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When Congress might not be the best target

Clearly, some policy reforms are more plausible than others. Take for example the "Animal Enterprise Terrorism Act," passed by the House last week and now awaiting the President's signature. You know all those animal liberationists running around releasing mink, vandalizing McDonalds restaurants, and threatening vivisectors? Well we already have laws targeting them. But...why miss a golden opportunity to shore up your political base by expanding the reach of these laws in the name of the War on Terror?

Sure, civil libertarians may quibble with the sweeping breadth of the new bill (animal rights tactics that threaten a company's profits - e.g., nonviolent civil disobedience - will be treated as terrorism), but you're not likely to find many politicians willing to risk political capital on a bill like this (silly Rep. Kucinich!).

Championing prisoners' rights - you know, the little stuff like voting or protection against rape - may not be politically expedient but these issues do seem to be becoming thinkable. 16 states have already loosened their disenfranchisement policies in the past ten years, and with 80 percent of Americans in support of restoring voting rights to former felons, surely politicians are clamoring to introduce such legislation, right? Uh-huh.

On Saturday night I attended an event artfully dubbed "Whores Not Wars." It was at once an anti-war and pro-sex worker fundraising event for Food Not Bombs and the local Sex Workers Outreach Project:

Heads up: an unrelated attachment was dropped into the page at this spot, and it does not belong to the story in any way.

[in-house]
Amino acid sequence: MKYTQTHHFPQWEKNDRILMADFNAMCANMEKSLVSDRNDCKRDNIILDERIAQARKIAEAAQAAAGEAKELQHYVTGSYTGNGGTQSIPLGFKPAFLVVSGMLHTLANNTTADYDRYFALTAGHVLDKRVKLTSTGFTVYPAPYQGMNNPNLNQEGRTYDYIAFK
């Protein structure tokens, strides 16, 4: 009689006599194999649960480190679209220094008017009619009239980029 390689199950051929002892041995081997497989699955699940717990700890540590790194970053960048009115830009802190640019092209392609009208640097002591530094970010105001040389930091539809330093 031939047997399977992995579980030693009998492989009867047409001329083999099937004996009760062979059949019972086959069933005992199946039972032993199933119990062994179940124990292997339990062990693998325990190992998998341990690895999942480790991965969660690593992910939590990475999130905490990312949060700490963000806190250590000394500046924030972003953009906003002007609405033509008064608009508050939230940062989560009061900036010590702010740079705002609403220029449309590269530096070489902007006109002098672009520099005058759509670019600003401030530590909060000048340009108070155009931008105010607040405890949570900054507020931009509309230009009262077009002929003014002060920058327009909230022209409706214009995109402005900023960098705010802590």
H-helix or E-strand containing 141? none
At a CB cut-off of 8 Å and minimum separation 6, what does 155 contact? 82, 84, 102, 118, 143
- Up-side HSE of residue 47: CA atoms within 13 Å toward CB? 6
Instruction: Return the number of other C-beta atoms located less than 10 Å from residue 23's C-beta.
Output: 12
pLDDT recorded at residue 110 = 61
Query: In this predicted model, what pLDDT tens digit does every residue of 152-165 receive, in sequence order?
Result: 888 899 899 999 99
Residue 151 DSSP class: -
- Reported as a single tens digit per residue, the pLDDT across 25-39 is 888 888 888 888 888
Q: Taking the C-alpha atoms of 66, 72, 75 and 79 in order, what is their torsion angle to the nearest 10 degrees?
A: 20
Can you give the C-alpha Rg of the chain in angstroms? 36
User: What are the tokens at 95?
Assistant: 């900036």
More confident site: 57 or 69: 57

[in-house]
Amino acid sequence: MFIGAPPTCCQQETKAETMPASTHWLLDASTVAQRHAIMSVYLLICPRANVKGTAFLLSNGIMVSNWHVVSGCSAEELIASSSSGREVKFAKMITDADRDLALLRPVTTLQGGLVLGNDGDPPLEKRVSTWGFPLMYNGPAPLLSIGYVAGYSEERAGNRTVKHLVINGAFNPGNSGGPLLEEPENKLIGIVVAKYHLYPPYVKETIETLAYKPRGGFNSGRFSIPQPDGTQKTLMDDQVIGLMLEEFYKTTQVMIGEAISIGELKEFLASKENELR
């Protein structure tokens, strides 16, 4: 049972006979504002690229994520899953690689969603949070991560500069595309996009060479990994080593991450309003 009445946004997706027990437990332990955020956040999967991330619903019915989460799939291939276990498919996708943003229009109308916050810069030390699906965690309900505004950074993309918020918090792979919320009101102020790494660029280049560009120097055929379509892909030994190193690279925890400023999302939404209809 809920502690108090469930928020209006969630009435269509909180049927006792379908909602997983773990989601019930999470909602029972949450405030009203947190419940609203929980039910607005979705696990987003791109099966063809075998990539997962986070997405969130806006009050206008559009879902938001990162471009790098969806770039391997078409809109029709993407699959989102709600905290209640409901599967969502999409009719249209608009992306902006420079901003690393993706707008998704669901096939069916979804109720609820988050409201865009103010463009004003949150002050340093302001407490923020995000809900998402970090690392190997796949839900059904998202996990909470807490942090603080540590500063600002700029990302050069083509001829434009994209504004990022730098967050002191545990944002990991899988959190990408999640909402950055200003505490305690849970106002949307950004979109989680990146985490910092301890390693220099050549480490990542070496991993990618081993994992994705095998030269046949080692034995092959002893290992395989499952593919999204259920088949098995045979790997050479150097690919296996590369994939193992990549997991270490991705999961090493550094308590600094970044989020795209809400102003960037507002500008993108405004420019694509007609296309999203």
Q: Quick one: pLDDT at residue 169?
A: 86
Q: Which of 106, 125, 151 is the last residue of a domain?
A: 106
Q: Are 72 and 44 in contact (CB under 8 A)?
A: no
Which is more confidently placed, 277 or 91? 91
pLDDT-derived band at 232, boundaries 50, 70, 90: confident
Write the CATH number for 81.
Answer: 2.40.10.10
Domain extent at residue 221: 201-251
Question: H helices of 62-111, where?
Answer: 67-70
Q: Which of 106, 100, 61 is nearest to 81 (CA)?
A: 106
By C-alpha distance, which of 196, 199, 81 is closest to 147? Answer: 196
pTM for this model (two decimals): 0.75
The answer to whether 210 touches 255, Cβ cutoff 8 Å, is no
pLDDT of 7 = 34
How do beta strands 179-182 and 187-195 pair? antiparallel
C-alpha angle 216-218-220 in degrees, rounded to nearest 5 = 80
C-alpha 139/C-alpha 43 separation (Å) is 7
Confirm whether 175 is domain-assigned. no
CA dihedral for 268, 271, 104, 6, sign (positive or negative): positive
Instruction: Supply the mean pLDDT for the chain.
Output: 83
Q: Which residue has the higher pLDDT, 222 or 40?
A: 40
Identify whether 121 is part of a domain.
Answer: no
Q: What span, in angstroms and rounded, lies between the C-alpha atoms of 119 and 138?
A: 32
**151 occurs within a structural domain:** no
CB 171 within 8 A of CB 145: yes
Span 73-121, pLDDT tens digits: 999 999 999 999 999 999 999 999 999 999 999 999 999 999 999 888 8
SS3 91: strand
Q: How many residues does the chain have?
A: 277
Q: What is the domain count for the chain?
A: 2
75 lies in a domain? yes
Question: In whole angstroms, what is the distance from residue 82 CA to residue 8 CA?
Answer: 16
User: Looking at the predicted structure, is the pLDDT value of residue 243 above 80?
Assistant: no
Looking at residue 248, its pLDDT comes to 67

...featuring provocative live performance art, whore stories, lap dances, sexy soldiers, and anti-war, pro-whore activities...Prepare to be titillated, disturbed, outraged, pleasured, stimulated, and shocked! Bastardized military gear, pro-peace costumes encouraged!
Legalization of prostitution and the de-stigmatization of sex work are top priorities for this group of current and former sex workers. Without saying anything about the group's abysmal success at organization-building, I can say with some confidence that achieving their stated goals will be a herculean political task. It's easier to imagine prostitutes at the center of a political scandal than at the center of legislation to protect their rights.

The political process has a way of pushing minority voices to the margins...and then outlawing them. Once they're outlawed, it sometimes takes away their rights to protest, or vote. It's times like these that social insurgents might want to reevaluate the targets of our campaigns. "Rights" don't always come down from the government but sometimes have to be taken up in other spheres like the economy, education, and religion. This is not to say that change will come necessarily come more quickly there, but some issues seem more apt for political campaigns than do others.

Follow-up (11/22/2006): Animal protectionism is on the ballot in the Netherlands today and stands a damned good chance of winning. That country's Party of the Animals is widely expected to become the "first animal rights party in Europe to have its own lawmaker," as it has been polling between 130-140,000 votes (50,000 are needed to gain a seat in the legislature) [1]. It certainly is amazing how a proportional-representation system can change the possibilities.

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“When Congress might not be the best target”